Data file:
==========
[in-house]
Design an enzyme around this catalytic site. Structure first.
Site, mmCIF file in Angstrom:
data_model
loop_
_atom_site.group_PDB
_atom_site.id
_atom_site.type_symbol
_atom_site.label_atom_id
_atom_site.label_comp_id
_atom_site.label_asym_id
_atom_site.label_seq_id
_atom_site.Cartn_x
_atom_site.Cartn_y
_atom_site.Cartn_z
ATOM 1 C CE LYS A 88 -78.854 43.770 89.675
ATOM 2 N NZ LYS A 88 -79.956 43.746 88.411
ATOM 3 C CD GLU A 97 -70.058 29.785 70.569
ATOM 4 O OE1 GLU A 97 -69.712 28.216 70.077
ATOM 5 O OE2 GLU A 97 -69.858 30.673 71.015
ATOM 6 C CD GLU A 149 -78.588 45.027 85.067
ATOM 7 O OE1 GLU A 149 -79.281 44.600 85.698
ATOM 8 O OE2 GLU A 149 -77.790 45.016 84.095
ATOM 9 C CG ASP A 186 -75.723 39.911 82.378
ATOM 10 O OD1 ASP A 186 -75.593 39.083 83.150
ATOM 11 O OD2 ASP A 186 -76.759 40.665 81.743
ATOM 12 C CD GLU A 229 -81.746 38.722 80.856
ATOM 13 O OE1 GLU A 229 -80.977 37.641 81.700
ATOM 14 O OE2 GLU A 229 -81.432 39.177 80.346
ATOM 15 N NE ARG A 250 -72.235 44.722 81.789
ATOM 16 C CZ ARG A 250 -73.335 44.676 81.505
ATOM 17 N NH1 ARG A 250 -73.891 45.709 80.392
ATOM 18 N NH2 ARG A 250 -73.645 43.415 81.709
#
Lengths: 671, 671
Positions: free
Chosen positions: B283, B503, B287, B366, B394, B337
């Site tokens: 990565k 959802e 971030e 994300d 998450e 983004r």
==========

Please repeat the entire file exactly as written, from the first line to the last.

[in-house]
Design an enzyme around this catalytic site. Structure first.
Site, mmCIF file in Angstrom:
data_model
loop_
_atom_site.group_PDB
_atom_site.id
_atom_site.type_symbol
_atom_site.label_atom_id
_atom_site.label_comp_id
_atom_site.label_asym_id
_atom_site.label_seq_id
_atom_site.Cartn_x
_atom_site.Cartn_y
_atom_site.Cartn_z
ATOM 1 C CE LYS A 88 -78.854 43.770 89.675
ATOM 2 N NZ LYS A 88 -79.956 43.746 88.411
ATOM 3 C CD GLU A 97 -70.058 29.785 70.569
ATOM 4 O OE1 GLU A 97 -69.712 28.216 70.077
ATOM 5 O OE2 GLU A 97 -69.858 30.673 71.015
ATOM 6 C CD GLU A 149 -78.588 45.027 85.067
ATOM 7 O OE1 GLU A 149 -79.281 44.600 85.698
ATOM 8 O OE2 GLU A 149 -77.790 45.016 84.095
ATOM 9 C CG ASP A 186 -75.723 39.911 82.378
ATOM 10 O OD1 ASP A 186 -75.593 39.083 83.150
ATOM 11 O OD2 ASP A 186 -76.759 40.665 81.743
ATOM 12 C CD GLU A 229 -81.746 38.722 80.856
ATOM 13 O OE1 GLU A 229 -80.977 37.641 81.700
ATOM 14 O OE2 GLU A 229 -81.432 39.177 80.346
ATOM 15 N NE ARG A 250 -72.235 44.722 81.789
ATOM 16 C CZ ARG A 250 -73.335 44.676 81.505
ATOM 17 N NH1 ARG A 250 -73.891 45.709 80.392
ATOM 18 N NH2 ARG A 250 -73.645 43.415 81.709
#
Lengths: 671, 671
Positions: free
Chosen positions: B283, B503, B287, B366, B394, B337
């Site tokens: 990565k 959802e 971030e 994300d 998450e 983004r």